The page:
Can you please direct me as to how to line up my telescope to view the moon? I got it as a Christmas present and have tried to view the moon several times but either only get a light blur or nothing but a solid color. I'm not even sure if it's adjusted or needs to be or what... I followed the instructions to set it up and used the short guide provided with it to attempt to use it. it came with a 10mm and 20mm lens, don't know which to use, and at the end of the tube there is a small middle section you can remove and a larger round plastic section that fits around the smaller inner middle section...i also don't know if i should remove both or just the smaller. thanks alot in advance, i'm a first timer and major noob when it comes to this stuff so please feel free to talk to me like i have no idea what i'm doing, because i don't. but i'd really like to be able to explore the night sky. It's been a hobby that's been too expensive for me to explore until now and i'd really like to atleast be able to look at the moon!
here is the link to my telescope: http://www.celestron.com/c3/product.php?CatID=62&ProdID=427
Hi Tim, Unfortunately, later on, once you enter our great hobby the correct way, after you read our website which I'll give you later, you'll still need....a good working telescope. Not the one you have...a different one.
It's not the lining up on the moon, you obviously can do that. It's the image....If the image is blurry, then the problem is that
it's not focused correctly. It's either the eyepiece is not at the focal point of the telescope, (move it in or out farther....put it on a bright star and bring the star down to a small pinpoint.... OR it's out of collimation (the optical axis, the mirrors and eyepiece, are not aligned properly)- so collimate it first. That's usually the main problem. Shipping will usually bump and tilt the secondary mirror out of collimation....you have to first learn how to collimate a telescope, as we all did. (Oh, and BTW, the moon is not a good 'test' for a scope, it's too close and too big...try splitting a close double star (Mizar in the Dipper handle will do, initially, with Polaris next).
Next are the eyepieces; always use your lowest power eyepiece first...if sharp focus (high resolution) cannot be obtained at low power, it only gets worse at higher powers. Perhaps you need an eyepiece extender to get the eyepiece out farther from the tube...this is best done in the daytime on a distant telephone pole or stop sign.....to find the correct focal point. Lastly, quality of grind or figure on the mirror might be worse than 1/4 wave, so all the light is not coming to a common focus. This is a major problem with very inexpensive telescopes (typically scopes worth less than $500)....that's why you see them in garage sales and flea markets for a fraction of their new price because.... they just flat don't work, except on terrestial objects, which don't have the very high requirement for exquisite optics, as does astronomy.....it's called - resolution; of separating 2 energy sources or objects, very close together. That's why we use close double stars as our real testing. Oh, one other problem...you aren't looking thru a plate glass window are you? They certainly aren't ground to 1/4 wavelength of light, or looking from a warm room out into the night sky, OR did you allow the scope to cool down outside at least 30 minutes prior so that all the optics are at or perhaps only 1 or 2 degrees above the outside ambient air temperature. ALL scopes have to meet that requirement before fine observing can be obtained, as we are dealing with millionths of an inch here....scopes are super-sensitive to changing temperatures, so that has to be eliminated! (I think you see that this hobby requires a little more work and knowledge than what you were prepared for, now).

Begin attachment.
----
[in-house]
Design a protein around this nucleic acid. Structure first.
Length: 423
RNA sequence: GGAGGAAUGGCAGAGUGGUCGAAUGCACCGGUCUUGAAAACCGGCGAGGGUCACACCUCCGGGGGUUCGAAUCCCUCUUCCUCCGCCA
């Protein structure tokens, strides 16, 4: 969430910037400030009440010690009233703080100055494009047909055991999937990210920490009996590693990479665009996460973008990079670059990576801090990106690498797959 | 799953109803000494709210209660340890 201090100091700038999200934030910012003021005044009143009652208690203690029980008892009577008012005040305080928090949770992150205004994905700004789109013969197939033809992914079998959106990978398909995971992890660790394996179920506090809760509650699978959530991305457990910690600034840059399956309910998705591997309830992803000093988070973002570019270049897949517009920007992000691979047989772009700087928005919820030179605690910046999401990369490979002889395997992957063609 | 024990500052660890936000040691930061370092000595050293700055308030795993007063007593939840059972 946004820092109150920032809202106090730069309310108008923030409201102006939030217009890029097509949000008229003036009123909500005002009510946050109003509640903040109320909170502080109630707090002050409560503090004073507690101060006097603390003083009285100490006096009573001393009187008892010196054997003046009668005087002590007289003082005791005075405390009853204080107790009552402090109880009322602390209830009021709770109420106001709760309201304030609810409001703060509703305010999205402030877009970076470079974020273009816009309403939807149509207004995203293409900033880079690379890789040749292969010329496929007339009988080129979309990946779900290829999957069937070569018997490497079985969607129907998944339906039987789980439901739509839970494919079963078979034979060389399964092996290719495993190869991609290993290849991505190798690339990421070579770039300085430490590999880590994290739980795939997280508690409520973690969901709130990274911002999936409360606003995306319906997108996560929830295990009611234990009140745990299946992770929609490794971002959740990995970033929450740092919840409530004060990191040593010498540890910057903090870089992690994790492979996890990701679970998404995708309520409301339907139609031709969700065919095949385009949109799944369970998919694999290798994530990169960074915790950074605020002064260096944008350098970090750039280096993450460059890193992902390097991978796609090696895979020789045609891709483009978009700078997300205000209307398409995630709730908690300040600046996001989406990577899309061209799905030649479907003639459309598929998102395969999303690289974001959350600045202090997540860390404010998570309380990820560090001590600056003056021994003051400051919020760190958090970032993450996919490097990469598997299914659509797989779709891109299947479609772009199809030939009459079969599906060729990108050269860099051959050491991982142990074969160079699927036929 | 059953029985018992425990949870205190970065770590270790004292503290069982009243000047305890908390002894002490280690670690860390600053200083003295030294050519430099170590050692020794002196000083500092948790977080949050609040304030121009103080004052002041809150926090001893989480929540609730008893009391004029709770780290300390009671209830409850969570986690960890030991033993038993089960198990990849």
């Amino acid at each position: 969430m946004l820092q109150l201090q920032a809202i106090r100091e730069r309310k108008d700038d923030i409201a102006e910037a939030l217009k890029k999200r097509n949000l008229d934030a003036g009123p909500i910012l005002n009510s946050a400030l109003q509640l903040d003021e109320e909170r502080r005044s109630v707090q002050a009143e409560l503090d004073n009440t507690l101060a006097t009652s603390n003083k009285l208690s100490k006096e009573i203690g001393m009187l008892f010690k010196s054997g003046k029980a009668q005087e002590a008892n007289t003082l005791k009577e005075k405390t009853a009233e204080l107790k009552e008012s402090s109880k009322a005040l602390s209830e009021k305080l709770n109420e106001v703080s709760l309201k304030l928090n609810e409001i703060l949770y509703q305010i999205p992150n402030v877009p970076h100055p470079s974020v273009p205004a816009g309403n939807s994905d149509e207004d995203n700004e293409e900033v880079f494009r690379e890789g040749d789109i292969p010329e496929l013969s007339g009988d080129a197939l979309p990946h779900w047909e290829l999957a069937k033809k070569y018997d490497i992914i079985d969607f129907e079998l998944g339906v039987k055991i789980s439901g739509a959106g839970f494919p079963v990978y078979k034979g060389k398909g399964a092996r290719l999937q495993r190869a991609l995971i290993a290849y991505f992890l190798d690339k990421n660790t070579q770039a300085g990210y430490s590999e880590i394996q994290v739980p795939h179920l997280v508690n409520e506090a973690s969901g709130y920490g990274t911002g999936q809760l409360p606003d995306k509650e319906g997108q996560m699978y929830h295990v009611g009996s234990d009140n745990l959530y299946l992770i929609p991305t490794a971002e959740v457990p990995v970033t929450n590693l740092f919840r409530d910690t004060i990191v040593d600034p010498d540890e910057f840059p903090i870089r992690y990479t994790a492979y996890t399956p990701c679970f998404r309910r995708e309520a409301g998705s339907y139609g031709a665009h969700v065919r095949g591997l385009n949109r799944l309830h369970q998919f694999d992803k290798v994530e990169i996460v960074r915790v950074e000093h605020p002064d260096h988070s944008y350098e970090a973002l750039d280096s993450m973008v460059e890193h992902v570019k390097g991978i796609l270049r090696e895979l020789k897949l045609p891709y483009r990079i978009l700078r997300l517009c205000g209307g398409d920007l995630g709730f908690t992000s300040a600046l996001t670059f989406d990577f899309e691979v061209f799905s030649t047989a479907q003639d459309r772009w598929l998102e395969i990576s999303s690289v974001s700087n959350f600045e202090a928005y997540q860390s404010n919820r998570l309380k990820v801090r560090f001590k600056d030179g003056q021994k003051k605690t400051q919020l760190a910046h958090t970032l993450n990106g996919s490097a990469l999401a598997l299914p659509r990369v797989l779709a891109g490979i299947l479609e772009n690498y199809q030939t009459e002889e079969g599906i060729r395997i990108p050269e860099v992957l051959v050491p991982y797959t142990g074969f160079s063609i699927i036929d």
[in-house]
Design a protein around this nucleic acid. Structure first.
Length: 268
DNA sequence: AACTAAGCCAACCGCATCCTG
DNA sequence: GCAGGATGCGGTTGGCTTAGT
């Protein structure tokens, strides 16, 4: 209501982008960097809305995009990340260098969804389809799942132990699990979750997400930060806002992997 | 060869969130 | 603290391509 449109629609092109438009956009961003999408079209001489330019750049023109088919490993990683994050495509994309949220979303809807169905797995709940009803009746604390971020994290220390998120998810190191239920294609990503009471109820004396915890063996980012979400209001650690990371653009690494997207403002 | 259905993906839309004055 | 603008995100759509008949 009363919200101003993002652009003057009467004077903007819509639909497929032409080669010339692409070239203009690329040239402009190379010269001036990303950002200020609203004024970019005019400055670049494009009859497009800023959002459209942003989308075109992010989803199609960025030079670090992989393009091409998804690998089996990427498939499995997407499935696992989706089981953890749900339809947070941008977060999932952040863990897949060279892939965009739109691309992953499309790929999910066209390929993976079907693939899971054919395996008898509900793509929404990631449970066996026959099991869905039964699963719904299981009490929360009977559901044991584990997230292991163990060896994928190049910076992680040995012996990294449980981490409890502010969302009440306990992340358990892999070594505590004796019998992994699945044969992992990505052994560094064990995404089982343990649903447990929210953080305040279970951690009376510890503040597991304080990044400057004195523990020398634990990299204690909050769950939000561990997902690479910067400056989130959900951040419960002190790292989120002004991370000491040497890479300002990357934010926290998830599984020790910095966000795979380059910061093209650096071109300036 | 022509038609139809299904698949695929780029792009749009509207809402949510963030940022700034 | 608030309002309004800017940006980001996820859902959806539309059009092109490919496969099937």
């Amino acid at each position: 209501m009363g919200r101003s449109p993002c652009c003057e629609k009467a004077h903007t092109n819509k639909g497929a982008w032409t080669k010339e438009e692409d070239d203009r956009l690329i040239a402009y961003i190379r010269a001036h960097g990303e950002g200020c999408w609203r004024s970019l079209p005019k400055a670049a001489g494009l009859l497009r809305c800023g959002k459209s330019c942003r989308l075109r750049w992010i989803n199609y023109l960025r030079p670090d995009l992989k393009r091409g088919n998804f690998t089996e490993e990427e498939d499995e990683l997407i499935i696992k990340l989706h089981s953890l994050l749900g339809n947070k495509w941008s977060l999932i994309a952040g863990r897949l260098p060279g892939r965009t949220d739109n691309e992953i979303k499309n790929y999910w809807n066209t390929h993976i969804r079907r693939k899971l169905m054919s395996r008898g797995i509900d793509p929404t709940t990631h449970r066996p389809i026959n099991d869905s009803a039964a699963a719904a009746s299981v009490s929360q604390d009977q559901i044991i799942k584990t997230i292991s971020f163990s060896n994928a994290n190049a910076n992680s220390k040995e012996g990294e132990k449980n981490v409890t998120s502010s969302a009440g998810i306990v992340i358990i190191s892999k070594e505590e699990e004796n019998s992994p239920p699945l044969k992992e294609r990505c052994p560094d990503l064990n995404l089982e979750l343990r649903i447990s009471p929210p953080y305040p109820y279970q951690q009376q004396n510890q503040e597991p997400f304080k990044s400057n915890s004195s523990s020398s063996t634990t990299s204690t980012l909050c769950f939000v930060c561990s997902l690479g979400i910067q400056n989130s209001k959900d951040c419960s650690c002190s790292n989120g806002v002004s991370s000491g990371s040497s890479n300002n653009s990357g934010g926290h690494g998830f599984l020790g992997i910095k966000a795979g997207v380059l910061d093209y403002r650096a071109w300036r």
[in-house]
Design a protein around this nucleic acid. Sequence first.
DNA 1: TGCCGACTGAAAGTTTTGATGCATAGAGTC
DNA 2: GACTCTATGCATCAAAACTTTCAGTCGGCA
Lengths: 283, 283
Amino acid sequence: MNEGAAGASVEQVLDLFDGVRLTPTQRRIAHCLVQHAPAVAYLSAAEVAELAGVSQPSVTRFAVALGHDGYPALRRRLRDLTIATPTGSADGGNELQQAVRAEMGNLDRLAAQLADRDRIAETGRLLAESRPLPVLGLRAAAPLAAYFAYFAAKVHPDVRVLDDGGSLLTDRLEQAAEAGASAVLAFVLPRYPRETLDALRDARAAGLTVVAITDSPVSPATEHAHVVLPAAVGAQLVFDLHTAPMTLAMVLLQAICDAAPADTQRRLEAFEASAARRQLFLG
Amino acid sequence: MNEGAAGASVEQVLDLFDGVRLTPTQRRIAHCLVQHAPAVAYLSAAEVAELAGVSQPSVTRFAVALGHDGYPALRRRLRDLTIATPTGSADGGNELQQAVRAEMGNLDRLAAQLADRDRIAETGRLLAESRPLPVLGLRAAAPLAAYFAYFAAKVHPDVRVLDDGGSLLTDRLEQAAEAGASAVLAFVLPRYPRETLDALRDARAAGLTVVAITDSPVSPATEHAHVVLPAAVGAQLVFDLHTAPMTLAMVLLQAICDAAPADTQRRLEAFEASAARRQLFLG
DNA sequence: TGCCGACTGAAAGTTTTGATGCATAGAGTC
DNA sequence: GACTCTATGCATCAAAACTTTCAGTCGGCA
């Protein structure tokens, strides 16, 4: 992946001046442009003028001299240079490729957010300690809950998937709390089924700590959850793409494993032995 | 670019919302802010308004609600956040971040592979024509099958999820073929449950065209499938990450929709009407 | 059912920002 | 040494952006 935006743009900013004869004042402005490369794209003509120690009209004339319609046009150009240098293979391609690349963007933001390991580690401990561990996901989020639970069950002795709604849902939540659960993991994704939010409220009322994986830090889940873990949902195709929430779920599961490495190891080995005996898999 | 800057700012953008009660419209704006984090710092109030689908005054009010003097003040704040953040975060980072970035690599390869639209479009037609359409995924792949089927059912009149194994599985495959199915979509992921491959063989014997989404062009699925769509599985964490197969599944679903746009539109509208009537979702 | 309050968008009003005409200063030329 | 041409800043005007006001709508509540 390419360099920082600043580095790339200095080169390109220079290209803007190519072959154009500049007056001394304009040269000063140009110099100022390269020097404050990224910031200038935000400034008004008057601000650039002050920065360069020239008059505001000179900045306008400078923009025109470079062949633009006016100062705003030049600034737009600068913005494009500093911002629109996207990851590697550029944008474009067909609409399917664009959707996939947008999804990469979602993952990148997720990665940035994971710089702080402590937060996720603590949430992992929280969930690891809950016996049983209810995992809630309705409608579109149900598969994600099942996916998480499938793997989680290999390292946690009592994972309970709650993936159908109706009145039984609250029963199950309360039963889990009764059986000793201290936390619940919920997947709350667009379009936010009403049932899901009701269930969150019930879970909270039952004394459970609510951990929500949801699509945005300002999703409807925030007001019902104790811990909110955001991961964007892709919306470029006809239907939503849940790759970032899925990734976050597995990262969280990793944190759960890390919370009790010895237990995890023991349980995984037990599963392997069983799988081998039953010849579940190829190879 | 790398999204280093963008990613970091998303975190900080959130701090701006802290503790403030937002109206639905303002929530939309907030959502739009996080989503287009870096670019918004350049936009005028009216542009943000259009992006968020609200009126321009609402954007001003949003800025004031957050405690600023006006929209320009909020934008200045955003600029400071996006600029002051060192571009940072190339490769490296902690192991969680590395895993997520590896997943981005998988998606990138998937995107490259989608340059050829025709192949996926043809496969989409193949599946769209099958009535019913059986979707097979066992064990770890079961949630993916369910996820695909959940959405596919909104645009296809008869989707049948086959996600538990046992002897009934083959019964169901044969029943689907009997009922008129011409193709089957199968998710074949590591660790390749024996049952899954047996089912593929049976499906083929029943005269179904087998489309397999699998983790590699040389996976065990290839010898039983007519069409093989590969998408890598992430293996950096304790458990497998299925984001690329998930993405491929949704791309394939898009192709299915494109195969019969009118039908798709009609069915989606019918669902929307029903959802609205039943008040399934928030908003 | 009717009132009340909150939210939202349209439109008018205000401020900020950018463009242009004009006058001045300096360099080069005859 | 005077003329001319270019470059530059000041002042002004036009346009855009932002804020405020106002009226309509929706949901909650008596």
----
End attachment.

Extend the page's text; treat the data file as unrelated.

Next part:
WHAT you have missed in your studies of astronomy, is that EQUIPMENT (scopes) come LAST in our great hobby, not first. Knowledge (as you are finding the hard way) comes first. Plus, did you inform the giver of the gift what your main specialty will be? Lunar/Planetary details, deep sky objects, comet hunting, variable star work, asteroid hunting, nova hunting, etc? There is a scope out there that maximizes each of these objects and that's the one you want once you decide. (Otherwise, we'd all have the same type scope, wouldn't we? But we don't...there are different scopes for different folks. Telescopes are like airplanes, all airplanes fly, but you don't send a bomber to do a fighter's job. Scopes are exactly the same way.
Suggest you take a minute to read, "Tom Whiting's sound advice for the Novice Observer" at http://www.velocity.net/~bwhiting and then, let's try some more questions on Novice astronomy. And BTW. we call them "eyepieces" not lenses....to differentiate between the front lens of a refractor type telescope...which IS a lens. Hope this helps, Clear Skies, Tom Whiting Erie, PA